Cart (Loading....) | Create Account
Close category search window
 

Identifying respiratory-related evoked potentials

Sign In

Cookies must be enabled to login.After enabling cookies , please use refresh or reload or ctrl+f5 on the browser for the login options.

Formats Non-Member Member
$31 $13
Learn how you can qualify for the best price for this item!
Become an IEEE Member or Subscribe to
IEEE Xplore for exclusive pricing!
close button

puzzle piece

IEEE membership options for an individual and IEEE Xplore subscriptions for an organization offer the most affordable access to essential journal articles, conference papers, standards, eBooks, and eLearning courses.

Learn more about:

IEEE membership

IEEE Xplore subscriptions

3 Author(s)
Lim, L.M. ; Dept. of Physiol., Dartmouth Med. Sch., Hanover, NH, USA ; Akay, M. ; Daubenspek, J.A.

This study further demonstrates that the wavelet approach to the analysis and characterization of respiratory-related evoked potentials (RREPs) is a more efficient method than traditional ensemble averaging. Wavelet decomposition of the 200 trial ensemble averaged evoked responses results in smoothed signals at scale 4 with characteristics similar to those present in the ensemble averages, indicating that the wavelet approach permits accurate estimation of RREPs. Furthermore, subsequent reconstruction from the last 4 scales produces signals nearly identical to the original smoothed responses, demonstrating the validity of the reconstruction process. The wavelet approach is not only useful in the characterization of long term evoked responses, the wavelet estimates of short term (5-, 10-, and 25-trial) evoked responses also show high correspondence to the original signals and contain components similar among short term estimates. The similarities among short term estimates demonstrate that wavelet decomposition of successive short averages produces estimates of the signal that are stable. Although the responses of one subject showed significant and stable components in as few as 10 trials, variations in the level of background EEG activity among subjects may cause slight differences in the minimum number of trials required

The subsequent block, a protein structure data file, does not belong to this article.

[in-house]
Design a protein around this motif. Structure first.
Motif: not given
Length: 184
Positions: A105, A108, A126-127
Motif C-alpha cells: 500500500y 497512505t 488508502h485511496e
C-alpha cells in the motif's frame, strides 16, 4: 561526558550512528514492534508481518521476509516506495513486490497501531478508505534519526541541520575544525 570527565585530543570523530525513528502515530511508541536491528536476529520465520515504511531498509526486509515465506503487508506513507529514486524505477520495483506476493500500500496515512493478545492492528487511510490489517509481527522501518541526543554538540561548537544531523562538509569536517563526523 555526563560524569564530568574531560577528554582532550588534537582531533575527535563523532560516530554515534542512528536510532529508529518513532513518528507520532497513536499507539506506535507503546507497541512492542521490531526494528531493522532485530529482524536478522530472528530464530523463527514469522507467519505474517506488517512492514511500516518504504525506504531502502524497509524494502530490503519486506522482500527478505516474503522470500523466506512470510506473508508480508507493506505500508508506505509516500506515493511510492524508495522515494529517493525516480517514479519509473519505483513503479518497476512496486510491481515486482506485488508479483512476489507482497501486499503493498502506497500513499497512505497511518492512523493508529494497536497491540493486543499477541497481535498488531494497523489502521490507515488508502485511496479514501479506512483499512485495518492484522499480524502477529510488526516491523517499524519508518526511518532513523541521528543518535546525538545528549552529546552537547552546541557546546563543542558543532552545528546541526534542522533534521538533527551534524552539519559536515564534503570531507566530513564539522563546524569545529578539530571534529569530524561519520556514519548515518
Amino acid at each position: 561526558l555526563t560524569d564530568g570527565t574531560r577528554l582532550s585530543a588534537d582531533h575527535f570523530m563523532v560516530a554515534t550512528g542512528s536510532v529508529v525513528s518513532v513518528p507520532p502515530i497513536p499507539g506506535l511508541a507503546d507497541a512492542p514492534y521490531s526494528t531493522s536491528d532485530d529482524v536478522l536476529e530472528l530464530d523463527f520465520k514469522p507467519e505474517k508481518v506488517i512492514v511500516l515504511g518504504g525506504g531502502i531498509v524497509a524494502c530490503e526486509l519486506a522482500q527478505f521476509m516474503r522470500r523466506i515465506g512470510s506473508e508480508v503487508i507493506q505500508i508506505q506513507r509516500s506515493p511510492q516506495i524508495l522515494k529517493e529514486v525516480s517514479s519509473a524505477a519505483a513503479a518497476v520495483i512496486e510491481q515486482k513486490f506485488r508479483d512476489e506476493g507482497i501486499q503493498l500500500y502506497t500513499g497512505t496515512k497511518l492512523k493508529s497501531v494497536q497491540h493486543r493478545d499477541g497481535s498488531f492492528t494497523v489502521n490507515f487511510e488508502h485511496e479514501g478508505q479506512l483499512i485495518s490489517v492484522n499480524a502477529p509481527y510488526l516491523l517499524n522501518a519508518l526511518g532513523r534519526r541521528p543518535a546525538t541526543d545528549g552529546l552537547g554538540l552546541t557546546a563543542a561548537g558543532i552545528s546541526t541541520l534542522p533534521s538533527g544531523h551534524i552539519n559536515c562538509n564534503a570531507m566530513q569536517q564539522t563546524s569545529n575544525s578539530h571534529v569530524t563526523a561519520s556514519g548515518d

Published in:

Engineering in Medicine and Biology Magazine, IEEE  (Volume:14 ,  Issue: 2 )

Date of Publication:

Mar/Apr 1995

Need Help?


IEEE Advancing Technology for Humanity About IEEE Xplore | Contact | Help | Terms of Use | Nondiscrimination Policy | Site Map | Privacy & Opting Out of Cookies

A not-for-profit organization, IEEE is the world's largest professional association for the advancement of technology.
© Copyright 2014 IEEE - All rights reserved. Use of this web site signifies your agreement to the terms and conditions.